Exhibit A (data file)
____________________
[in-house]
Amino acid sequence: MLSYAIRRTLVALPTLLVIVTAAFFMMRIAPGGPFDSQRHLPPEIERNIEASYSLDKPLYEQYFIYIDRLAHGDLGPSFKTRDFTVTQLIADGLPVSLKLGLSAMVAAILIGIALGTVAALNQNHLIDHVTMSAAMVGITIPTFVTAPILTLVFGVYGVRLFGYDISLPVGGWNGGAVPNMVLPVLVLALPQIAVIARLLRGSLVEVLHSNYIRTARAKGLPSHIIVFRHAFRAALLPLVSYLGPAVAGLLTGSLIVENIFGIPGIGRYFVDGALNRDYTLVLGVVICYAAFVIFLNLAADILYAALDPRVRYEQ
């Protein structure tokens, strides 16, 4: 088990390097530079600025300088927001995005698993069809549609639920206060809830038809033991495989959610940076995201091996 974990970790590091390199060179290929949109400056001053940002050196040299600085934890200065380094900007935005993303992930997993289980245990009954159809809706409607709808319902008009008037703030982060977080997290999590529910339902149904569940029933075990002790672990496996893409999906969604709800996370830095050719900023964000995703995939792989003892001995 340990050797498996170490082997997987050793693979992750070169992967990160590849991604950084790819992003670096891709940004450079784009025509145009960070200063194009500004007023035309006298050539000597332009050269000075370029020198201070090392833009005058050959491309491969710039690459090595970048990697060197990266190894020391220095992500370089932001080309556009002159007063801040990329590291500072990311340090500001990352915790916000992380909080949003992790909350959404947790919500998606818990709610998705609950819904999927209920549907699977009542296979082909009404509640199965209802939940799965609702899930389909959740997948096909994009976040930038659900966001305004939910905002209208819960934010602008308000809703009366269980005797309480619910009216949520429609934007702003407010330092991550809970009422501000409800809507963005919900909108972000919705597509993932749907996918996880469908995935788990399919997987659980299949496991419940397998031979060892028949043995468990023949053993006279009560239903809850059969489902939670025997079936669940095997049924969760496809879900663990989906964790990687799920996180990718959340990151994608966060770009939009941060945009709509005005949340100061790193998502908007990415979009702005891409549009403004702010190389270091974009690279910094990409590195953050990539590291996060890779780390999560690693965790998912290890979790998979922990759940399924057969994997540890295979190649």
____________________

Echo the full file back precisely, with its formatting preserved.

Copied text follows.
[in-house]
Amino acid sequence: MLSYAIRRTLVALPTLLVIVTAAFFMMRIAPGGPFDSQRHLPPEIERNIEASYSLDKPLYEQYFIYIDRLAHGDLGPSFKTRDFTVTQLIADGLPVSLKLGLSAMVAAILIGIALGTVAALNQNHLIDHVTMSAAMVGITIPTFVTAPILTLVFGVYGVRLFGYDISLPVGGWNGGAVPNMVLPVLVLALPQIAVIARLLRGSLVEVLHSNYIRTARAKGLPSHIIVFRHAFRAALLPLVSYLGPAVAGLLTGSLIVENIFGIPGIGRYFVDGALNRDYTLVLGVVICYAAFVIFLNLAADILYAALDPRVRYEQ
């Protein structure tokens, strides 16, 4: 088990390097530079600025300088927001995005698993069809549609639920206060809830038809033991495989959610940076995201091996 974990970790590091390199060179290929949109400056001053940002050196040299600085934890200065380094900007935005993303992930997993289980245990009954159809809706409607709808319902008009008037703030982060977080997290999590529910339902149904569940029933075990002790672990496996893409999906969604709800996370830095050719900023964000995703995939792989003892001995 340990050797498996170490082997997987050793693979992750070169992967990160590849991604950084790819992003670096891709940004450079784009025509145009960070200063194009500004007023035309006298050539000597332009050269000075370029020198201070090392833009005058050959491309491969710039690459090595970048990697060197990266190894020391220095992500370089932001080309556009002159007063801040990329590291500072990311340090500001990352915790916000992380909080949003992790909350959404947790919500998606818990709610998705609950819904999927209920549907699977009542296979082909009404509640199965209802939940799965609702899930389909959740997948096909994009976040930038659900966001305004939910905002209208819960934010602008308000809703009366269980005797309480619910009216949520429609934007702003407010330092991550809970009422501000409800809507963005919900909108972000919705597509993932749907996918996880469908995935788990399919997987659980299949496991419940397998031979060892028949043995468990023949053993006279009560239903809850059969489902939670025997079936669940095997049924969760496809879900663990989906964790990687799920996180990718959340990151994608966060770009939009941060945009709509005005949340100061790193998502908007990415979009702005891409549009403004702010190389270091974009690279910094990409590195953050990539590291996060890779780390999560690693965790998912290890979790998979922990759940399924057969994997540890295979190649």